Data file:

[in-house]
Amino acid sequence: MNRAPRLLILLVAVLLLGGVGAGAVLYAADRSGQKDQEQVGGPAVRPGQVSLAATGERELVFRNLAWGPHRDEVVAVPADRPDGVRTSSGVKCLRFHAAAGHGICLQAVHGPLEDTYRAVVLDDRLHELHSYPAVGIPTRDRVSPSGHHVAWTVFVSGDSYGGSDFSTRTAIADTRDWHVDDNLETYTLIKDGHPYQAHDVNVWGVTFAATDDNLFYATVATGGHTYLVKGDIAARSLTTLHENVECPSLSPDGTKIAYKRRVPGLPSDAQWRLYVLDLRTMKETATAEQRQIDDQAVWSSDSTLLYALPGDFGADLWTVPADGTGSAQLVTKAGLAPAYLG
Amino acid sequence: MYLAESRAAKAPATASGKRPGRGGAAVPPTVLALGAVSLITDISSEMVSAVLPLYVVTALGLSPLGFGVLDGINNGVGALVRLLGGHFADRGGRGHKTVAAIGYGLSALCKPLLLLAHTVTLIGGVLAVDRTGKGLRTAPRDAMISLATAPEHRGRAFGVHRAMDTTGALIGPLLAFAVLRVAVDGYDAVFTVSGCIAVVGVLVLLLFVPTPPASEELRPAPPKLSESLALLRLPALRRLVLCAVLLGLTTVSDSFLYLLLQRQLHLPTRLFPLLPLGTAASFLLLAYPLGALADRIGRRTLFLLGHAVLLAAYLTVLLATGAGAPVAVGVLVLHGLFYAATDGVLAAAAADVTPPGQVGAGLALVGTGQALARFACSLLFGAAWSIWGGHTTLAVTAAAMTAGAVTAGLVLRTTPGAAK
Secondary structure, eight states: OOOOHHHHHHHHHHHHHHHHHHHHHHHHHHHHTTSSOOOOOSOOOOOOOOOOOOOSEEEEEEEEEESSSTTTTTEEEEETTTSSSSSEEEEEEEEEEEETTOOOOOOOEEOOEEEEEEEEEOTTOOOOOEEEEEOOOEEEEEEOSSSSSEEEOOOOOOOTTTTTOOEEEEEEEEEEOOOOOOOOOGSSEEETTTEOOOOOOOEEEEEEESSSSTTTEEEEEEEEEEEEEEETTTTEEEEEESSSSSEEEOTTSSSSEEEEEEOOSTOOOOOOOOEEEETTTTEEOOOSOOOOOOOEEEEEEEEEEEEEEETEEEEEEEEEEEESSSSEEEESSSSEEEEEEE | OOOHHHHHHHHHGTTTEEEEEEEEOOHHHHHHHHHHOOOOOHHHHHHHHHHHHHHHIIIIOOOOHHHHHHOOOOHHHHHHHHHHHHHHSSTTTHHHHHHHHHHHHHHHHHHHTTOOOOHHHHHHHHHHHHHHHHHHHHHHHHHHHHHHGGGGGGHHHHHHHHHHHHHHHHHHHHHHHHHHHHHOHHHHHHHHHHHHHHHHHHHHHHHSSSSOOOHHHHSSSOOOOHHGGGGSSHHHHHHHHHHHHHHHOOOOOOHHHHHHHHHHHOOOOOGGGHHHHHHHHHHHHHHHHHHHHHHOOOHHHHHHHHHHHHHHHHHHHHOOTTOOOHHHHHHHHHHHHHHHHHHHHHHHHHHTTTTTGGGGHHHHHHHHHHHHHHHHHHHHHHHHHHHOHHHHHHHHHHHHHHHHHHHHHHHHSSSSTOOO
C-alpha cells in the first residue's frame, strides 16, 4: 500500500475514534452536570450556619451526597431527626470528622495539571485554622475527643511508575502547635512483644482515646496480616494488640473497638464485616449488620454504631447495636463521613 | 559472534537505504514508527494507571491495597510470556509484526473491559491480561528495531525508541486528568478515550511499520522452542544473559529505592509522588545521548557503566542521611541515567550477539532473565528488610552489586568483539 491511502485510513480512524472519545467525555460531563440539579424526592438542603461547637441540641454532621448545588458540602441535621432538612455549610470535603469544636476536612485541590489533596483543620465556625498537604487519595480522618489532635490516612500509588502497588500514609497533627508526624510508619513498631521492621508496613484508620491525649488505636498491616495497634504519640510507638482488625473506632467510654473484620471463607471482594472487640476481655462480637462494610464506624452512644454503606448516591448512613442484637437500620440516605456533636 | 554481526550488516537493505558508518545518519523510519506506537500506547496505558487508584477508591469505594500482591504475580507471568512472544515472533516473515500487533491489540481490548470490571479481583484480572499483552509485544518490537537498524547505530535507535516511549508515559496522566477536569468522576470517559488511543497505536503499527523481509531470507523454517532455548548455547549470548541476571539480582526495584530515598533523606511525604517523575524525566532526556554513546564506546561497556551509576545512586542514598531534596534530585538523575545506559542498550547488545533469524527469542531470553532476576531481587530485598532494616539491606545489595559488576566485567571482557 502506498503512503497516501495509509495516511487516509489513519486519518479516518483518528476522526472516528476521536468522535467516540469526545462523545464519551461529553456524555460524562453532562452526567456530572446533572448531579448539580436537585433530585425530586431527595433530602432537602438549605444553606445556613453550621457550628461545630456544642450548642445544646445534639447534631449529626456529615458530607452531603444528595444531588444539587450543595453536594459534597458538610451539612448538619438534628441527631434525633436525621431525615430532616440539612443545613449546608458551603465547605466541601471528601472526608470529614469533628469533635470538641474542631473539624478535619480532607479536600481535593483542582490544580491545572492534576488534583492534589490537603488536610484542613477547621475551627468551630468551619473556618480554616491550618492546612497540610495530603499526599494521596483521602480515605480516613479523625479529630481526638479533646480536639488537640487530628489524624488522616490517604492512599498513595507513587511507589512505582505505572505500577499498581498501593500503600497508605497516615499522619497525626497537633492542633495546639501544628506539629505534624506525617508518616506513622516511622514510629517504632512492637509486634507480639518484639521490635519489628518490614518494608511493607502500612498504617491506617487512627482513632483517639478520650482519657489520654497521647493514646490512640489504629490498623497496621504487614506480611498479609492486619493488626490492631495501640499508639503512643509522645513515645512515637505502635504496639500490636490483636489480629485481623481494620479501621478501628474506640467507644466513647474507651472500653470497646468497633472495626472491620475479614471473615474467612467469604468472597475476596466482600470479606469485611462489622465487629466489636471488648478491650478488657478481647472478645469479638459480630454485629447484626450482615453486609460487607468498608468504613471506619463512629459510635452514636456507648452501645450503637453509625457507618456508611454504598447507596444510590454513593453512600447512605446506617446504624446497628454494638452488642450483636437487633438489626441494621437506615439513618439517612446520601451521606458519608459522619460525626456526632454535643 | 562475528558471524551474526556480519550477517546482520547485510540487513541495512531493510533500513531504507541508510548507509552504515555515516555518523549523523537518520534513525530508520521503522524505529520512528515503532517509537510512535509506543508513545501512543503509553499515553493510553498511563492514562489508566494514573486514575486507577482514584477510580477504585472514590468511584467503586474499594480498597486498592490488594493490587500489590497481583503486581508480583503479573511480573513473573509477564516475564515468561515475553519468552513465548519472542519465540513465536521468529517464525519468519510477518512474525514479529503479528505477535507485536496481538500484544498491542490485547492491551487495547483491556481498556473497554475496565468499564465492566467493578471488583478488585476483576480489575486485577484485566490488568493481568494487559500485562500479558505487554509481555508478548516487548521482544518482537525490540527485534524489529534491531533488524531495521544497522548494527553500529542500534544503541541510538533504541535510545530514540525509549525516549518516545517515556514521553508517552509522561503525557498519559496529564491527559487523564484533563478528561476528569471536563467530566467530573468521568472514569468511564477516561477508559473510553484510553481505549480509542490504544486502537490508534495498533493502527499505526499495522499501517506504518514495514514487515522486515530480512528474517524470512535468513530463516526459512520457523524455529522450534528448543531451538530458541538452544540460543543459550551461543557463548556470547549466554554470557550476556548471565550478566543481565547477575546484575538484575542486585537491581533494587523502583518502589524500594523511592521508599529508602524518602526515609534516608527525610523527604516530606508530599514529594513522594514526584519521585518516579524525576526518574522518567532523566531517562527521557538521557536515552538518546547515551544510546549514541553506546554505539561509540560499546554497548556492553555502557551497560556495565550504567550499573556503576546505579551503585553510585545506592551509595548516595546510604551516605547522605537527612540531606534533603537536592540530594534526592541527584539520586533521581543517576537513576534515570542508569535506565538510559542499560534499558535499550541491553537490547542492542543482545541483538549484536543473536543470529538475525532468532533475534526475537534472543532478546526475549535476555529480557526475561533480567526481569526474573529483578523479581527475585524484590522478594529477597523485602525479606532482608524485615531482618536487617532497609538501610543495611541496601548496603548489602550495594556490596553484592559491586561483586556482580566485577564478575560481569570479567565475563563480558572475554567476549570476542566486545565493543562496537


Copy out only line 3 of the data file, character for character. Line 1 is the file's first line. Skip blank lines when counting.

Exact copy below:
Amino acid sequence: MYLAESRAAKAPATASGKRPGRGGAAVPPTVLALGAVSLITDISSEMVSAVLPLYVVTALGLSPLGFGVLDGINNGVGALVRLLGGHFADRGGRGHKTVAAIGYGLSALCKPLLLLAHTVTLIGGVLAVDRTGKGLRTAPRDAMISLATAPEHRGRAFGVHRAMDTTGALIGPLLAFAVLRVAVDGYDAVFTVSGCIAVVGVLVLLLFVPTPPASEELRPAPPKLSESLALLRLPALRRLVLCAVLLGLTTVSDSFLYLLLQRQLHLPTRLFPLLPLGTAASFLLLAYPLGALADRIGRRTLFLLGHAVLLAAYLTVLLATGAGAPVAVGVLVLHGLFYAATDGVLAAAAADVTPPGQVGAGLALVGTGQALARFACSLLFGAAWSIWGGHTTLAVTAAAMTAGAVTAGLVLRTTPGAAK